The signalling of interest rates staying higher for longer in the US and the prediction of a longer recession in Europe have put pressure on indices, while oil is being influenced by global economic slowdown and a failed Russian coup.
US indices slow as rate hikes seep in
Fears that the Federal Reserve's (Fed) aggressive monetary tightening will harm the US economy caused US indices to start the week off somewhat weaker.
Last week, after Fed chief Jerome Powell reiterated the Fed's commitment to keep raising interest rates to combat the country's still-high inflation, the most recent stock market surge came to an end.
Most Federal Open Market Committee (FOMC) members anticipate at least two additional quarter-point rate increases by the end of the year, and they anticipate that rates will remain at their current levels for a considerable amount of time. Previously, rate reductions towards the end of the year were factored into the interest rate curve.
A longer recession in Europe could be in the cards
After the release of the IFO data in Germany, which forecasts a longer recession with declining exports and domestic demand, the situation in Europe has not significantly changed. To a large extent, this poor data is driven by the slowdown in China and the rate hikes by the European Central Bank (ECB), which are anticipated to continue in the near future.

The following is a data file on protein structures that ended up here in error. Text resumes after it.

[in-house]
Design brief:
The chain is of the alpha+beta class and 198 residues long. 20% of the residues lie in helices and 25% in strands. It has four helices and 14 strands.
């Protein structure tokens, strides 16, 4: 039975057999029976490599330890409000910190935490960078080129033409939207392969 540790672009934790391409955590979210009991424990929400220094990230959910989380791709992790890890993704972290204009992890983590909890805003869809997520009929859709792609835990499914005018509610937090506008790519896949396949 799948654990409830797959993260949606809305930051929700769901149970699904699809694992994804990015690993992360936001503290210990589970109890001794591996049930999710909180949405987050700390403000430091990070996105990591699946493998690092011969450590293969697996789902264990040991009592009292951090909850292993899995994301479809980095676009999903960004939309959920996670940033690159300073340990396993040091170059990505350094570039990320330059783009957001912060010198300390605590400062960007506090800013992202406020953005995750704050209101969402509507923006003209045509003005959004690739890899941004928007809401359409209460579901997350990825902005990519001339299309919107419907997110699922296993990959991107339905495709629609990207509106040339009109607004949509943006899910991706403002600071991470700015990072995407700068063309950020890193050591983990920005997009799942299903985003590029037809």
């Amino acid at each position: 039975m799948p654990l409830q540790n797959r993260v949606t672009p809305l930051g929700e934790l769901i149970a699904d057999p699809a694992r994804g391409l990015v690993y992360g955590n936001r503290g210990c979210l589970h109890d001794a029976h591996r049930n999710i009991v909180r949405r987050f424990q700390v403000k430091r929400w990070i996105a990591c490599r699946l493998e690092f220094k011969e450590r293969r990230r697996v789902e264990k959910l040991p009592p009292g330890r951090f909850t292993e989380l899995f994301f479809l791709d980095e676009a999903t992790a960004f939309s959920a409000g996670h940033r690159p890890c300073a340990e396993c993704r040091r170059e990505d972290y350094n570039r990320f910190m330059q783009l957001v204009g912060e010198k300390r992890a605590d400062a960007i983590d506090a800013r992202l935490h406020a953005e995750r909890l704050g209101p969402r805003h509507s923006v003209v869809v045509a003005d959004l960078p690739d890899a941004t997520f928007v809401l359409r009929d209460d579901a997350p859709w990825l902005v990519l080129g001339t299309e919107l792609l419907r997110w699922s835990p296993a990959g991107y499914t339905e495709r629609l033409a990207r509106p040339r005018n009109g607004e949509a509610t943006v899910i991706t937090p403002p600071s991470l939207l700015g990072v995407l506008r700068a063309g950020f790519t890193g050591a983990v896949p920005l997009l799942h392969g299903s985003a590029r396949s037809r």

The German DAX index lost steam and fell for the sixth consecutive day, moving away from the maximum levels reached in the middle of this month. Geopolitical uncertainties have also dampened global sentiment after an unsuccessful uprising by Russian mercenaries over the weekend which sparked worries about President Vladimir Putin's stability and a potential disruption of Russian oil supply.
Demand for oil forecasted to increase as pressure builds
The University of Michigan Consumer Confidence Index, Durable Goods Orders, Personal Consumption Expenditure Price Index (PCE), and a speech by Jerome Powell on Wednesday will all be available to investors this week.
Despite the fact that OPEC+ anticipates a rise in demand for crude oil and an increase in consumption for the coming year, the price of oil is still declining. The slowdown in the world economy, particularly in China, which is the largest importer of oil, is inconsistent with the upbeat assessments of oil producers.
Germany 40 monthly chart. Sources: Bloomberg, Reuters
- US indices start the weak off weaker as more rate hikes seen in the future
- IFO data in Germany predicts a longer recession with falls in exports and domestic demand
- The German DAX index falls for six consecutive days
- Global sentiment dampens after failed Russian coup
- Oil is under pressure as concerns about supply and demand mount